If you go to the World Council of Church’s website (above), you will find statements and action plans regarding stewardship of the environment, the plight of Palestinians and peace in the Middle East, combating the commercialization of water resources, peace in the Korean peninsula, condemnation of anti-Semitism while upholding the right to critique unjust acts in Israel, fighting persecution of Christians in Asia, ending modern slavery, greetings to Muslims on their high Holy Days, the HIV/AIDS situation in many African nations, and more. The United Church has been vocal within our own nation and outside of it, on all of these fronts as well.
The United Church of Canada has been a champion of the ecumenical movement since its earliest days. “That all may be one” is the motto of the United Church of Canada, and that call for unity is extended to the worldwide Christian Church. In recent decades ecumenism has gone farther, to include interfaith and interspiritual dialogue and cooperation as well. Our partnership with West Village Church for Messy Church is ecumenical; our relationship with the Anglican Church of the Advent is ecumenical; the new interfaith group will embody a wider understanding of ecumenism. None of these partnerships exist solely for their own sake. They exist to serve the community and to nurture Godly values in the places where we live.
We can see what some of the gifts of this movement are: social change, conviction, justice-seeking, passionate action, stewardship of the environment, equality and dignity for others, and union with God through, as one writer put it “worrying about what God worries about when God gets up in the morning!” There are dangers though: dangers of being caught up in an ideology without realizing its full implications or without being self-aware; the danger of cynicism, which as one person put it, is another word for “disappointed idealism”, burnt out from trying to save the world. Another danger is that in the interests of ecumenical harmony, we might water down our own convictions and mute the call we are hearing from the Holy Spirit. For example, churches that are Affirming of the full participation of LGBTQ2S+ in Christian community have gotten a rough ride from ecumenical partners, as we are still very much in a minority worldwide. Fortunately, the UCC has stuck to its principals on this one, but not without some real push-back from other Christian denominations, especially those in Africa who have absorbed conservative fundamentalist social values along with the televangelist preaching culture of the United States, and the conservative family values of the Roman Catholic church.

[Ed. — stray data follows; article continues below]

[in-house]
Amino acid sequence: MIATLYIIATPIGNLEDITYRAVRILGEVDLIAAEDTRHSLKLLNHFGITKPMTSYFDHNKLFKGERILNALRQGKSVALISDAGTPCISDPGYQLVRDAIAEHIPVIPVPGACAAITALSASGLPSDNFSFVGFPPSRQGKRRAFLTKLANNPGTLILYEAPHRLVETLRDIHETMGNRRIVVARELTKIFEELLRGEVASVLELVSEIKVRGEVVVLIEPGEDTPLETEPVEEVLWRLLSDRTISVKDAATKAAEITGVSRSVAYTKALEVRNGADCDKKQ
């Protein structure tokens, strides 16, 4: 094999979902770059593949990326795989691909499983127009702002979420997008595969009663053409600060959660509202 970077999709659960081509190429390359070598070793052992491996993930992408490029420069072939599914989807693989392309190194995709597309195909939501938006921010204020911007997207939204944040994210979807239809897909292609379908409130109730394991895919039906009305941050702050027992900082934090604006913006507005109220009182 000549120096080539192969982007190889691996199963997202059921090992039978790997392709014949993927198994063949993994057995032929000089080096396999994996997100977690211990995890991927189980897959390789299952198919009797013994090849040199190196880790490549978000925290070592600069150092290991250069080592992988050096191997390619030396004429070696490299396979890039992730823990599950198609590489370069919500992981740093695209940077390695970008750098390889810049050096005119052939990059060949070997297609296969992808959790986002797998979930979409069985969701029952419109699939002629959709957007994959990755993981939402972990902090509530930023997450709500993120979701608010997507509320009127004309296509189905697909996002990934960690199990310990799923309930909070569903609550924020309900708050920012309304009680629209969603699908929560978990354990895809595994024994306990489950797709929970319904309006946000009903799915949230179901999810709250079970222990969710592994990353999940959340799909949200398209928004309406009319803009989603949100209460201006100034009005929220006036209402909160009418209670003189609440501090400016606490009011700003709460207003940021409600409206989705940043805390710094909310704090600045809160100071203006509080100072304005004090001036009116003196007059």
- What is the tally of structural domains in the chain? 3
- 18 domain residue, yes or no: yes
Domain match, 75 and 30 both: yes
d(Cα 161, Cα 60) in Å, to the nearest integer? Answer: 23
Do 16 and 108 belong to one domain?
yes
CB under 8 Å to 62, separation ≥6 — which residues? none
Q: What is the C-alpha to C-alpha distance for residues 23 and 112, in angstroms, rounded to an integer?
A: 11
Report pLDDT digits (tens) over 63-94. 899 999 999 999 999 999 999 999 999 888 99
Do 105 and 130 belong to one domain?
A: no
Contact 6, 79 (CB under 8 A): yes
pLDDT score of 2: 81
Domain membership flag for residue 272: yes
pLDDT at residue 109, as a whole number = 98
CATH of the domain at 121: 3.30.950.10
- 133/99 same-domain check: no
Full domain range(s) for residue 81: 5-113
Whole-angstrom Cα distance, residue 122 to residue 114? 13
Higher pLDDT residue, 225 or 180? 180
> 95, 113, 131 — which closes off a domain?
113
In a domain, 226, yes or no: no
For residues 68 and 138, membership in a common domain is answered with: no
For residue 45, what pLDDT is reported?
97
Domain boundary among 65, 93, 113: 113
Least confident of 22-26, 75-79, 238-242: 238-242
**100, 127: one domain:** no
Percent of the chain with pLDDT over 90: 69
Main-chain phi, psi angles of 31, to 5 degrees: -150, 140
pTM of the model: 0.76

The purpose of the ecumenical movement is to bring churches and faiths together to bring hope and healing into the world. I am so proud that the United Church is a part of this movement! Together we can avoid the dangers by being involved on the ground, in real relationships with our partners in faith and life. That’s where we work out our differences and find common cause; that’s where hope lives; that’s where we see new life emerging; that’s where we see authenticity and integrity being lived out. When we work together with people of good will for the common good, change happens. Life happens. Joy happens! Thanks be to God who put us on this earth in a multiplicity of peoples and with many ways to encounter the Holy. Let us learn from one another, and work together for the mending of the world. Amen.